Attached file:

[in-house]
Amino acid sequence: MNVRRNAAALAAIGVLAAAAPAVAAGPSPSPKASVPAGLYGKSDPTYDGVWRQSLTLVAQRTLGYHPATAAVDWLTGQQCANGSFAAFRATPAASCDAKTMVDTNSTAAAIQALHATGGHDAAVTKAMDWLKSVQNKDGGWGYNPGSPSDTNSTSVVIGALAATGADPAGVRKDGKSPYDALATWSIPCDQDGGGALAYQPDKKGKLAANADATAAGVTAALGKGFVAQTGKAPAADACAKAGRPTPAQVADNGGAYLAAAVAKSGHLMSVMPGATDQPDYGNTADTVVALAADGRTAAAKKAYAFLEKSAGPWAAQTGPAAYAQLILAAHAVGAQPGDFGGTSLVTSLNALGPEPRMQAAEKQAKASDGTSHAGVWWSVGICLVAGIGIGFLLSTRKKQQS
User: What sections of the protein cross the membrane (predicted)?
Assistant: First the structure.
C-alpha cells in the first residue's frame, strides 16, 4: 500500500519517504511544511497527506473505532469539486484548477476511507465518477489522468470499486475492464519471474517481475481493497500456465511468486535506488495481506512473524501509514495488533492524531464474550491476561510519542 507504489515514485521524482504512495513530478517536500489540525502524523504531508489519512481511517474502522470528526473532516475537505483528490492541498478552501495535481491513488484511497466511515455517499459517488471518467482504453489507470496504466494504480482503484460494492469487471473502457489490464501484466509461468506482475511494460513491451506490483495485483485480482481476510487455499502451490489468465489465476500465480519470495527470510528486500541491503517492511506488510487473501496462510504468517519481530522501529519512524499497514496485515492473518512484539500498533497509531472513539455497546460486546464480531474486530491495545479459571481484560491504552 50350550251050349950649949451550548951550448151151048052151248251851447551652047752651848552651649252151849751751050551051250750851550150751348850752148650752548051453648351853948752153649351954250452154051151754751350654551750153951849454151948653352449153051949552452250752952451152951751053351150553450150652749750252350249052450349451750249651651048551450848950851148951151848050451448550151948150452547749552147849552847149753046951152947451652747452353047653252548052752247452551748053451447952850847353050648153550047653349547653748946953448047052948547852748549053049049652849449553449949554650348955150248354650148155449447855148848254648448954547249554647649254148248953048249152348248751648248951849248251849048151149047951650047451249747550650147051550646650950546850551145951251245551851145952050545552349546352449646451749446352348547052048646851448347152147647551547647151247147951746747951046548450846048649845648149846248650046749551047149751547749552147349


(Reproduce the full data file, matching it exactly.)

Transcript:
[in-house]
Amino acid sequence: MNVRRNAAALAAIGVLAAAAPAVAAGPSPSPKASVPAGLYGKSDPTYDGVWRQSLTLVAQRTLGYHPATAAVDWLTGQQCANGSFAAFRATPAASCDAKTMVDTNSTAAAIQALHATGGHDAAVTKAMDWLKSVQNKDGGWGYNPGSPSDTNSTSVVIGALAATGADPAGVRKDGKSPYDALATWSIPCDQDGGGALAYQPDKKGKLAANADATAAGVTAALGKGFVAQTGKAPAADACAKAGRPTPAQVADNGGAYLAAAVAKSGHLMSVMPGATDQPDYGNTADTVVALAADGRTAAAKKAYAFLEKSAGPWAAQTGPAAYAQLILAAHAVGAQPGDFGGTSLVTSLNALGPEPRMQAAEKQAKASDGTSHAGVWWSVGICLVAGIGIGFLLSTRKKQQS
User: What sections of the protein cross the membrane (predicted)?
Assistant: First the structure.
C-alpha cells in the first residue's frame, strides 16, 4: 500500500519517504511544511497527506473505532469539486484548477476511507465518477489522468470499486475492464519471474517481475481493497500456465511468486535506488495481506512473524501509514495488533492524531464474550491476561510519542 507504489515514485521524482504512495513530478517536500489540525502524523504531508489519512481511517474502522470528526473532516475537505483528490492541498478552501495535481491513488484511497466511515455517499459517488471518467482504453489507470496504466494504480482503484460494492469487471473502457489490464501484466509461468506482475511494460513491451506490483495485483485480482481476510487455499502451490489468465489465476500465480519470495527470510528486500541491503517492511506488510487473501496462510504468517519481530522501529519512524499497514496485515492473518512484539500498533497509531472513539455497546460486546464480531474486530491495545479459571481484560491504552 50350550251050349950649949451550548951550448151151048052151248251851447551652047752651848552651649252151849751751050551051250750851550150751348850752148650752548051453648351853948752153649351954250452154051151754751350654551750153951849454151948653352449153051949552452250752952451152951751053351150553450150652749750252350249052450349451750249651651048551450848950851148951151848050451448550151948150452547749552147849552847149753046951152947451652747452353047653252548052752247452551748053451447952850847353050648153550047653349547653748946953448047052948547852748549053049049652849449553449949554650348955150248354650148155449447855148848254648448954547249554647649254148248953048249152348248751648248951849248251849048151149047951650047451249747550650147051550646650950546850551145951251245551851145952050545552349546352449646451749446352348547052048646851448347152147647551547647151247147951746747951046548450846048649845648149846248650046749551047149751547749552147349